As I like to do whenever I am faced with complex issues such as this, I turn to Questlove, who has offered plenty of brilliant and insightful commentary on race, hip hop, and music culture at large before.
In an interview posted last week, Time magazine asked Questlove if he was pro- or anti- Iggy Azalea, the white Australian star who affects the voice of a black American southerner when she raps, and whose song “Fancy” is (so far) the hit of the summer. Questlove’s response, as usual, is thoughtful and illuminating and surprising (emphasis added):
Here’s the thing: the song is effective and catchy as hell, and it works. Just the over-enunciation of “hold you down”? [Laughs] It makes me chuckle because all I can see is my assistant holding a brush in the mirror and singing it.
I’m caught in between. And I defend it. I see false Instagram posts like, “She said the N-word! She said the N-word!” I’ll call people out — “Yo, don’t troll.” I know you’re ready to give your 42-page dissertation on theGrio about why this is culture vulture-ism. You know, we as black people have to come to grips that hip-hop is a contagious culture. If you love something, you gotta set it free. I will say that “Fancy,” above any song that I’ve ever heard or dealt with, is a game-changer in that fact that we’re truly going to have to come to grips with the fact that hip-hop has spread its wings.
…I’m not going to lie to you, I’m torn between the opinions on the Internet, but I’mma let Iggy be Iggy. It’s not even politically correct dribble. The song is effective. I’m in the middle of the approximation of the enunciation, I’ll say. Part of me hopes she grows out of that and says it with her regular dialect — I think that would be cooler. But, yeah, “Fancy” is the song of the summer.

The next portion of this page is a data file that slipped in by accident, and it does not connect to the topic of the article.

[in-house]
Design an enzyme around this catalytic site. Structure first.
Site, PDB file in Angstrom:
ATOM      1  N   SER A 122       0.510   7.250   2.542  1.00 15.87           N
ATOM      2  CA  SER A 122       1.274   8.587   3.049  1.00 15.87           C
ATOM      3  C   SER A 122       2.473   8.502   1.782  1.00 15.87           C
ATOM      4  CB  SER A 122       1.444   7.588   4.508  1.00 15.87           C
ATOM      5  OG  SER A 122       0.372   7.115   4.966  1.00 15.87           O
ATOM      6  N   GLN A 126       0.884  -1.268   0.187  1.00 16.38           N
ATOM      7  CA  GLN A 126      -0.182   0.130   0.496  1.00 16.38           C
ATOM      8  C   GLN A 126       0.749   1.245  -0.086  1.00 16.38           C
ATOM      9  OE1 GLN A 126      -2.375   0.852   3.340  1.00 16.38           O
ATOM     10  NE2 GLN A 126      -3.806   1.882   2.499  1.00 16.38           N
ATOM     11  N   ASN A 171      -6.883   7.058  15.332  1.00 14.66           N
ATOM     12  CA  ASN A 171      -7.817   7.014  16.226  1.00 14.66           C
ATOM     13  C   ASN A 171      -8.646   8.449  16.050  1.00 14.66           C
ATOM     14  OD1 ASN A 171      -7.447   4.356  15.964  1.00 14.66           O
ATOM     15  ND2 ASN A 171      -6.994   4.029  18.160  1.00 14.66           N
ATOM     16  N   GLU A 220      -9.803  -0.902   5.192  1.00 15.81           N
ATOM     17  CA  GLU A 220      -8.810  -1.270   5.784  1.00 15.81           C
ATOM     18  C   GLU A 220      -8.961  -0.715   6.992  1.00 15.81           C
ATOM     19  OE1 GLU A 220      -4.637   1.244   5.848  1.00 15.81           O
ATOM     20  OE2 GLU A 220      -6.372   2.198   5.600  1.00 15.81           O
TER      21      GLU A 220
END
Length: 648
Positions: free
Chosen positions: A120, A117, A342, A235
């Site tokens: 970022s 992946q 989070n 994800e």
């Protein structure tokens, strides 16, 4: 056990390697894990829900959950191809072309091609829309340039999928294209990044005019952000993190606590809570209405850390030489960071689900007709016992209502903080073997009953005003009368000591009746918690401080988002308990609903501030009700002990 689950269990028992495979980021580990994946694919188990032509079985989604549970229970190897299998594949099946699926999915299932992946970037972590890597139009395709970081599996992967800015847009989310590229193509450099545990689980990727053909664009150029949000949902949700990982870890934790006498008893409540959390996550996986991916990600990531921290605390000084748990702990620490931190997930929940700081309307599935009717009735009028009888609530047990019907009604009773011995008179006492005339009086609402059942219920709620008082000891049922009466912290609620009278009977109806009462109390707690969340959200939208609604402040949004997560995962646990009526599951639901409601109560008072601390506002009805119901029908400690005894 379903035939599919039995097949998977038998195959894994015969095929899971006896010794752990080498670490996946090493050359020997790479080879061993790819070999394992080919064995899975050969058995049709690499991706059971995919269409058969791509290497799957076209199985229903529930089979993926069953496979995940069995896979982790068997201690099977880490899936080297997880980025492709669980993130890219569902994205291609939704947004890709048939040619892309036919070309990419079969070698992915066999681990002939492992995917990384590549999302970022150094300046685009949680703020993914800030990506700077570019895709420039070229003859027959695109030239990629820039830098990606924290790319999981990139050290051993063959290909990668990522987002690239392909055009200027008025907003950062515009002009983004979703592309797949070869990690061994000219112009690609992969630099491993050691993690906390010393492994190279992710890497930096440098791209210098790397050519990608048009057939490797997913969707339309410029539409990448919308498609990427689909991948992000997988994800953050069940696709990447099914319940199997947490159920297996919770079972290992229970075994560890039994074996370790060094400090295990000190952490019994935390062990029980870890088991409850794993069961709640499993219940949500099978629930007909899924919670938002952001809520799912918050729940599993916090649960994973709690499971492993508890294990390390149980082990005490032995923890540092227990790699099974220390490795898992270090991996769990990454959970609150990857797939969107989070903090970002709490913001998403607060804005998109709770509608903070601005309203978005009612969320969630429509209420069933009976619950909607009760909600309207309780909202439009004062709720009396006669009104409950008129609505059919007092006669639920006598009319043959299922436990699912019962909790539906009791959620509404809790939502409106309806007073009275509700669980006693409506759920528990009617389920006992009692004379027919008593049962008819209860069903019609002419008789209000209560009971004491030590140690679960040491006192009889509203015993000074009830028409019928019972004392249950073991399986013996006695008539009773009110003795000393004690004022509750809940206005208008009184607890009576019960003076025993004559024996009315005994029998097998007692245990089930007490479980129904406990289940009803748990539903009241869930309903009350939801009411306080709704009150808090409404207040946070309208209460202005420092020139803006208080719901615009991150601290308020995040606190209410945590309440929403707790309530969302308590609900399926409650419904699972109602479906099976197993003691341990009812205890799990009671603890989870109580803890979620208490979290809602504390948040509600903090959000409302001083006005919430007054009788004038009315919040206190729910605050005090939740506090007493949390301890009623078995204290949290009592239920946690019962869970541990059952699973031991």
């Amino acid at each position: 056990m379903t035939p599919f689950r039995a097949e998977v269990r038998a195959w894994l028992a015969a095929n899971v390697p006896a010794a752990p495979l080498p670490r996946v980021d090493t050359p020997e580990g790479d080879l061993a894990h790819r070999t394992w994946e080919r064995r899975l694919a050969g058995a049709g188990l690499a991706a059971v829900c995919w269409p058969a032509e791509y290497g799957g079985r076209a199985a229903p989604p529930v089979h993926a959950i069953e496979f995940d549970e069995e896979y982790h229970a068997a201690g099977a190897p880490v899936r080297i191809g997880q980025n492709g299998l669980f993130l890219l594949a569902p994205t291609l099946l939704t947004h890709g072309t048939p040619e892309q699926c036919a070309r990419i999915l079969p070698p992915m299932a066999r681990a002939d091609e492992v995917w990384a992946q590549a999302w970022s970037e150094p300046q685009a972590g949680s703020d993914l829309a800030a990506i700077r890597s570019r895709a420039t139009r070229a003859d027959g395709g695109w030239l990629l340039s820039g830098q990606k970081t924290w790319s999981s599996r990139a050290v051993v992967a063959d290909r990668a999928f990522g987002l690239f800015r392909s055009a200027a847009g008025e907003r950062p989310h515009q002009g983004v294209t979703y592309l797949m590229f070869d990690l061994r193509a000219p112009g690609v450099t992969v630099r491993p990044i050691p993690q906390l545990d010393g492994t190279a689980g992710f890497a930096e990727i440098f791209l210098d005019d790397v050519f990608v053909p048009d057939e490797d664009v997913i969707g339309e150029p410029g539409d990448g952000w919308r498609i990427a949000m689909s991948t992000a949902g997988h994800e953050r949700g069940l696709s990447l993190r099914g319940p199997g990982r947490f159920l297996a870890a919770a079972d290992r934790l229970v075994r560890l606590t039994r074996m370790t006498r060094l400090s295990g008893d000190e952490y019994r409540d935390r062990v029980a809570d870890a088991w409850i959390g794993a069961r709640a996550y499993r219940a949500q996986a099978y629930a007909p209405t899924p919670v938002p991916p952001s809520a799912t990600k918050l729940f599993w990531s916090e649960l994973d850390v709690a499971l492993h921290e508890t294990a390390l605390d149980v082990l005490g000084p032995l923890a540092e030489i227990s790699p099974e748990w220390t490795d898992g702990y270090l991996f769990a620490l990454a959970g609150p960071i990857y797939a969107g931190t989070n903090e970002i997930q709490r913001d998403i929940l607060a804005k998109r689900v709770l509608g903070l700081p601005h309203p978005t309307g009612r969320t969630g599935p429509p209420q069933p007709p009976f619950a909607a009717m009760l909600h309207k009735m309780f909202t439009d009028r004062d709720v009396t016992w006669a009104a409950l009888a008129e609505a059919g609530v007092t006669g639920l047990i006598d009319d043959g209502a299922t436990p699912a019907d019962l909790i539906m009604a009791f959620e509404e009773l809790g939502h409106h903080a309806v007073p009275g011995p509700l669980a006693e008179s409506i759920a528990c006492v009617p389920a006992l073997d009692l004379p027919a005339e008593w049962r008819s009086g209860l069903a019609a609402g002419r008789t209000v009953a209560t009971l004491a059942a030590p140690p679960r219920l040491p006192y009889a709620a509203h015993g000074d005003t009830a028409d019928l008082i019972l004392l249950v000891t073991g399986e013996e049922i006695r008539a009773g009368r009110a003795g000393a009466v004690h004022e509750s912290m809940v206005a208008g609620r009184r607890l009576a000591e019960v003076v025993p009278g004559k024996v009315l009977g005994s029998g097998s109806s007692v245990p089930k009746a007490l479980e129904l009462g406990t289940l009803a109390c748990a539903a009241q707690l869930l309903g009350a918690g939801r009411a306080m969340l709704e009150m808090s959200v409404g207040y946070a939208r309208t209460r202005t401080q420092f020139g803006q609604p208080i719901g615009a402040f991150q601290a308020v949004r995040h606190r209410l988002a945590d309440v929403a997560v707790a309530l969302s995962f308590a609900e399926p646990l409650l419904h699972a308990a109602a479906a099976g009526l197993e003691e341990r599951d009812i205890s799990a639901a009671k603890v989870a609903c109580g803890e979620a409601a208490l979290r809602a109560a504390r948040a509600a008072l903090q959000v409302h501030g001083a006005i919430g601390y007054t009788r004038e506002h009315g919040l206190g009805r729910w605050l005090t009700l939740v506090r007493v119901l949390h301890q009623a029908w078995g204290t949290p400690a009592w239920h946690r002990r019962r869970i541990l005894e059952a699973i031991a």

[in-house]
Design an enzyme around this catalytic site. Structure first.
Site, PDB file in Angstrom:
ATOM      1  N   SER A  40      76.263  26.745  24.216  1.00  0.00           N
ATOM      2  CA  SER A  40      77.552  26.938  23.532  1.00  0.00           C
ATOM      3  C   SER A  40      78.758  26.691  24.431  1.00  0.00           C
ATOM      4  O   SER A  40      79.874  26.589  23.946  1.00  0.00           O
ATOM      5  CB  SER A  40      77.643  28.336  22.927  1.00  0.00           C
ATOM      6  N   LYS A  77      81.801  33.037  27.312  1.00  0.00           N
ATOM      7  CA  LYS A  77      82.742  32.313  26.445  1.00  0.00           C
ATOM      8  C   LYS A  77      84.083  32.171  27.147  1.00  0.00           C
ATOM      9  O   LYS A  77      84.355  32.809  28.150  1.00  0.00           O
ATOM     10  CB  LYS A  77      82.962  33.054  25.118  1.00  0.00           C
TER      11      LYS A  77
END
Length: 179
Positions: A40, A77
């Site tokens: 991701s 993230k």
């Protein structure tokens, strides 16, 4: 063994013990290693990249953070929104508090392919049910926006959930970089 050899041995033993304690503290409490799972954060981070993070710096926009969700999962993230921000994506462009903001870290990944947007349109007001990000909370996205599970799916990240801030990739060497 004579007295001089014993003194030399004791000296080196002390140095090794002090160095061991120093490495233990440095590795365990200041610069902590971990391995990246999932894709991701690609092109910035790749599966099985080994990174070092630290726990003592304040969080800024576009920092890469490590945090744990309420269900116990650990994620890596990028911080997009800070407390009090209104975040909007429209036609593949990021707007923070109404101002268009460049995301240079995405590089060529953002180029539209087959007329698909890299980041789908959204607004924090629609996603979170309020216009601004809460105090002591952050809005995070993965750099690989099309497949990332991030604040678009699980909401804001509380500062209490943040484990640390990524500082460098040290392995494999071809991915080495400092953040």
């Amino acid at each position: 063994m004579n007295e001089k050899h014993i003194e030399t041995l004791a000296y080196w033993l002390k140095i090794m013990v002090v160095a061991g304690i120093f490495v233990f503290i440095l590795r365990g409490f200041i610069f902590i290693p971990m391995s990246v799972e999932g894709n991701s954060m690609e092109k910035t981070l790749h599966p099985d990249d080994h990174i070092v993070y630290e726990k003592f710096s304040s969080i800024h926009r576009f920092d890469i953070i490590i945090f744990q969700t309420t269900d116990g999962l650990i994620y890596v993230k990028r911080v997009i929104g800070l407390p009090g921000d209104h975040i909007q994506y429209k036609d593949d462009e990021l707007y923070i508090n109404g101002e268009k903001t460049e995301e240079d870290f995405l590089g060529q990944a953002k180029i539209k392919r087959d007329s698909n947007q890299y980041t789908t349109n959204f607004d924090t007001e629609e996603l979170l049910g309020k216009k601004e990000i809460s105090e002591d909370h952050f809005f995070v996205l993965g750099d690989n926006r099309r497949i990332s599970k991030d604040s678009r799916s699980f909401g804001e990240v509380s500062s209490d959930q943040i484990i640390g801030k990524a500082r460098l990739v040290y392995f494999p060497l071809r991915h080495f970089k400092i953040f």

No reasonable person believes the only kosher cultural references for a white American to make are to other white American things, whatever that even means. Without cultural cross-pollination, without everybody getting inspired by everybody else—and, sure, stealing from everybody else—we wouldn’t have half the art or music or fashion or entertainment that we want and need and love. I don’t want a music scene where everyone “stays in their lane,” as Perry put it. But I don’t want to see people swerving in and out of whatever lanes they please with zero regard for everyone else on the road. (In the spirit of Perry, I’m just going to take this metaphor as far as humanly possible.) I want to see artists using their signals and not causing accidents with their carelessness.
I mean, just think: if the Australian Iggy Azalea didn’t swipe her ideas from American culture, would we have this shot-for-shot tribute to Clueless? Absolutely not. And I don’t want to live in the way harsh world where all of humanity cannot rejoice in the greatness of Amy Heckerling’s masterpiece.